Christian Living


Transformers: Revenge of the Fallen: Movie Review

Star Rating

Movie Info


PG-13 for intense sequences of sci-fi action violence, language, some crude and sexual material, and brief drug material.


Action, Science Fiction/Fantasy


June 24, 2009


Shia LaBeouf, Megan Fox, Josh Duhamel, Tyrese Gibson, John Turturro, Isabel Lucas, Ramon Rodriguez


Michael Bay


Paramount Pictures

CBN is not endorsing the films or TV shows CBN.com reviews. Our goal is to provide information about the latest in entertainment, both the good and the bad, so you may make an informed decision as to what is appropriate for you and your families.

Transformers: Revenge of the Fallen will not leave action movie fans wanting. The film's stellar special effects engages moviegoers from the get-go. However, this new film from producer Steven Spielberg does have a few flaws. The storyline is a bit rusty and the offensive language and innuendos make it unsuitable for children and even teens.

The Movie in 30 Seconds

Two years after defeating the evil Decepticons, Optimus Prime and the heroic Autobots reunite with Sam Witwicky to stop a resurrected evil bent on seeking revenge. A shard from the splintered cube Allspark signals ancient markings to Sam that map the way to a secret location where the Decepticons can fulfill their mission on Earth. With the world against them, the Autobots and a few allies must succeed or all will be destroyed.

The Good and the Bad

Oftentimes, in the hopes of making a profit riding on the back of a blockbuster hit, movie studios produce sequels that lack a decent storyline. While the plot for Transformers: Revenge of the Fallen is fairly solid, its weak points drag the movie down a bit. The fact that Sam’s parents end up in the middle of the desert during the battle between the Autobots and Decepticons seems a little hokey. The impromptu, "touching" moment between father and son is a little out of place as Transformers are fighting to the death around them. The most regrettable scenes happens at the end of the movie when Sam ends up in Transformer Heaven. Say what?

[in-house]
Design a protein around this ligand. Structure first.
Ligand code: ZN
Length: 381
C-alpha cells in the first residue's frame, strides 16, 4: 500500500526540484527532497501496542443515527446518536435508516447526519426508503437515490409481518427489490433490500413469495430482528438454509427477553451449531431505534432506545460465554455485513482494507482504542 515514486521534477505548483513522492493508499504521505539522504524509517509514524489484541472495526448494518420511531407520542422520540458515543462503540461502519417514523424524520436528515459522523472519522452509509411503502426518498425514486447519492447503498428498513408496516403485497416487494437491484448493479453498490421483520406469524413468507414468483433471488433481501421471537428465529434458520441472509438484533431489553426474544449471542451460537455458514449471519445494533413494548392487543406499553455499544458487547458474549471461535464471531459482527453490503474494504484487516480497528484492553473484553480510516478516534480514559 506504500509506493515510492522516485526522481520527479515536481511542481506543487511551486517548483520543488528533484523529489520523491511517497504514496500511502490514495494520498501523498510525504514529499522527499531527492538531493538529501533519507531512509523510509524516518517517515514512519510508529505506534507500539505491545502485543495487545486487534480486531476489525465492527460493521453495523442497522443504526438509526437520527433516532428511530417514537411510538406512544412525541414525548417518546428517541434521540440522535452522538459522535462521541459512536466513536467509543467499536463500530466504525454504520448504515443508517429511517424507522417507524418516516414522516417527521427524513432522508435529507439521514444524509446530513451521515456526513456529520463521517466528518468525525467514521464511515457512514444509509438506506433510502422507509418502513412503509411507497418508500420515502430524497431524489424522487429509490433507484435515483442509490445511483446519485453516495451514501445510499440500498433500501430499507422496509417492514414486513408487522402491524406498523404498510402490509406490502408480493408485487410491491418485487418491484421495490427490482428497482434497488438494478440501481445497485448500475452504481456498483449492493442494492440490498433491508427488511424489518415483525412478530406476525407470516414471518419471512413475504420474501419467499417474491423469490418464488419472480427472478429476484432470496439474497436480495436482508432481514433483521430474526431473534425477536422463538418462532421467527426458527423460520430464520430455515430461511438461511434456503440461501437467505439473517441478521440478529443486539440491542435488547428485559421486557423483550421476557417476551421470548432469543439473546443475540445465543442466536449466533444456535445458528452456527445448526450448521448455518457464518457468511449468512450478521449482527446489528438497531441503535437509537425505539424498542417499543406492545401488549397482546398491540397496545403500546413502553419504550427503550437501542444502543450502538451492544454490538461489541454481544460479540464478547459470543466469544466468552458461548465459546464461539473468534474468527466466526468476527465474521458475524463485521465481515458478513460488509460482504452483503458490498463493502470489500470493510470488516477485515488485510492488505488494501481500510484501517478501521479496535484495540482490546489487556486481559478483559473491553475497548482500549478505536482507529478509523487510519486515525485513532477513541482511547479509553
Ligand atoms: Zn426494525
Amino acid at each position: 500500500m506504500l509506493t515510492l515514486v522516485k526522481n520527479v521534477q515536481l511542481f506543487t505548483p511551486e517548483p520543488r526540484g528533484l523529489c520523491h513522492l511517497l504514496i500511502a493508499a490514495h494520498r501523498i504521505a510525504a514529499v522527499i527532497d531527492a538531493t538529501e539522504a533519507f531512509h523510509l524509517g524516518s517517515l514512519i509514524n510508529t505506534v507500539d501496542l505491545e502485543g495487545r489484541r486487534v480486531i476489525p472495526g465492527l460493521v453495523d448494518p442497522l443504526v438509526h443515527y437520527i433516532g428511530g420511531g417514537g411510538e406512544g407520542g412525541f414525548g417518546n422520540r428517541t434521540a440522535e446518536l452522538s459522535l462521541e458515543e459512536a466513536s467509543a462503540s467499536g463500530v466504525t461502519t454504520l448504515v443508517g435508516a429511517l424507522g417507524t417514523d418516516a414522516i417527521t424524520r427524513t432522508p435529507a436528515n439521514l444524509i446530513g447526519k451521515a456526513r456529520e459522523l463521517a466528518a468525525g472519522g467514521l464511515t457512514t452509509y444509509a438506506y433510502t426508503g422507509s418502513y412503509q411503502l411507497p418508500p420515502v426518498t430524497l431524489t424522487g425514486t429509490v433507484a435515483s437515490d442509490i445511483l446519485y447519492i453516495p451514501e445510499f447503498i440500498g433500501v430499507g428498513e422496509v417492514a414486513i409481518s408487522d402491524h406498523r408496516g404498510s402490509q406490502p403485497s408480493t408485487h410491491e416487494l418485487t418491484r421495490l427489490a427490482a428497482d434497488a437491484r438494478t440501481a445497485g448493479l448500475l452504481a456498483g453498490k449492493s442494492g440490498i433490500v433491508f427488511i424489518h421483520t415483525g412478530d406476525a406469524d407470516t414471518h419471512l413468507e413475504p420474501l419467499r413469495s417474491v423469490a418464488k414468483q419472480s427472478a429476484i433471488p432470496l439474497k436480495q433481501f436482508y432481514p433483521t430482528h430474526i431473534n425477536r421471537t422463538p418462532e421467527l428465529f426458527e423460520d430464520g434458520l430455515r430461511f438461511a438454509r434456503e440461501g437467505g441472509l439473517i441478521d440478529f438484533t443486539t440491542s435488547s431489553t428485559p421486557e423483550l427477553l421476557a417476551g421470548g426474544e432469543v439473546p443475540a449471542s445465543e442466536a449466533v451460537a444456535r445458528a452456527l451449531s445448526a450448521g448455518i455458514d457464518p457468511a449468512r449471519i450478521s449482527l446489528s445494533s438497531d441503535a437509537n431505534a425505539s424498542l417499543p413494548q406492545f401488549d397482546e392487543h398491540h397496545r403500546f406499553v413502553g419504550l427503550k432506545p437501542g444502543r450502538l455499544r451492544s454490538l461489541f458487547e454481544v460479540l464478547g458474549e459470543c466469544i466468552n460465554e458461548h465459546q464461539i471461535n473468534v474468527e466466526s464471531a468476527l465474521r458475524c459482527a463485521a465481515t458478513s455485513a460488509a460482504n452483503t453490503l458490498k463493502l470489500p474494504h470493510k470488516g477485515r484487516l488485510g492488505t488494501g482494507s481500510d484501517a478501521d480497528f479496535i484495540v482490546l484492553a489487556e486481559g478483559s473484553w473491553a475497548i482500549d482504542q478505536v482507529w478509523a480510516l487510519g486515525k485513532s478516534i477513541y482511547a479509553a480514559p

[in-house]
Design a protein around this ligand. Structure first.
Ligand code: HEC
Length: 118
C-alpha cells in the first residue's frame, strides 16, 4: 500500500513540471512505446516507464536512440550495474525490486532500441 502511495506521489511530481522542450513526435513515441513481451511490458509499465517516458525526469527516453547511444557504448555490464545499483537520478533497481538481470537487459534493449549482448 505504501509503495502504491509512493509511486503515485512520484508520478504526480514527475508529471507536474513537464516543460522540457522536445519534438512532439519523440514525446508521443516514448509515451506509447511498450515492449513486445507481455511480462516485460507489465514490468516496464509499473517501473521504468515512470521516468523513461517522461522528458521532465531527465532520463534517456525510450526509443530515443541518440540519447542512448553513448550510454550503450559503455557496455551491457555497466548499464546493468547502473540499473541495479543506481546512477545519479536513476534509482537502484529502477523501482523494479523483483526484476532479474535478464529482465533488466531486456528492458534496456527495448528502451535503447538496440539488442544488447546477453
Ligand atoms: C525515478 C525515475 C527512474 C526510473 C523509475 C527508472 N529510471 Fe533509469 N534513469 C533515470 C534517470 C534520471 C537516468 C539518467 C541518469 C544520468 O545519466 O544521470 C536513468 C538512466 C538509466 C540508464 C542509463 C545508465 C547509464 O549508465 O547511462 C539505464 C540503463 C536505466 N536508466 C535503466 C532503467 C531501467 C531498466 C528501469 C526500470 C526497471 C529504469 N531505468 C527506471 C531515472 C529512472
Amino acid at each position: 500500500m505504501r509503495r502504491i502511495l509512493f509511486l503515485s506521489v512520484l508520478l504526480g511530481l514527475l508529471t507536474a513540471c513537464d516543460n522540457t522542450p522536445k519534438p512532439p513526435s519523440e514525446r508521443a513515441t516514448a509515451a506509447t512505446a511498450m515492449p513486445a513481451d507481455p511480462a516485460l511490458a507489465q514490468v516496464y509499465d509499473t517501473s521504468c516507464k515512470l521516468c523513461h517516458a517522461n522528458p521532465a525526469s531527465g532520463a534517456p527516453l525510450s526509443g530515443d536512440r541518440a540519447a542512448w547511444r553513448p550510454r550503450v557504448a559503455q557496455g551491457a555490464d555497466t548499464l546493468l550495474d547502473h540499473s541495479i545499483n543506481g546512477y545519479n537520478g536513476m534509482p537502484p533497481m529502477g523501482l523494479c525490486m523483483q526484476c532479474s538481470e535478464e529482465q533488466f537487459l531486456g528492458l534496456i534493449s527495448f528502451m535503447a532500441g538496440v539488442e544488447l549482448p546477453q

One notable line from the script is delivered by Tyrese Gibson’s character. It’s worth mentioning because it establishes a pro-God ideology in the movie. He says, “You’re gotta wonder, If God made us in His image, who made him?” This unexpected dialogue was great to hear in a modern-day action film.

Audiences will have to sit in theaters for two and a half hours to watch this film. Its length would not have been a problem, if a few of the scenes had not been overdone. Within the first few minutes of the Shanghai action scene, fans are reminded of the immensely talented special effects team behind this franchise. However, the director should have left a little bit more film on the cutting room floor. Trimming down the long forest battle scene between Megatron and Optimus Prime and the extremely long desert battle scene would have kept the movie on the fast track, instead of giving moviegoers a valid reason to complain about the length of the flick.

This sequel brings back a great cast, including break-out stars Shia LaBeouf and Megan Fox. LaBeouf reprises his role as self-conscious teenager Sam Witwicky. This young actor's timing is perfect, whether the moment calls for some comedic relief or serious emotion. The chemistry between LaBeouf and co-star Megan Fox, who plays Sam’s girlfriend Mikaela, also seems to have improved since the first film. Actor John Turturro who plays Agent Simmons, an alien historian if you will, from the last movie is great. One new character worth noting is Sam’s college roommate Leo (Ramon Rodriguez), who through a series of extraordinary events accompanies Mikaela and Sam throughout the movie.

Rated PG-13, Transformers 2 is loaded with action violence and crude innuendos that will make parents hang their heads in shame as they ask themselves, “Why did they have to include that?" Quite a bit of skin is shown in a few of the college scenes, including one where a girl’s short dress rises up to reveal a close-up of her underwear. A similar shot is used when Turturro’s character strips off his pants baring his tight undergarments. The sexual innuendos, comedic use of drug-laced brownies, and profanity make this a must-not-see for kids and teens.

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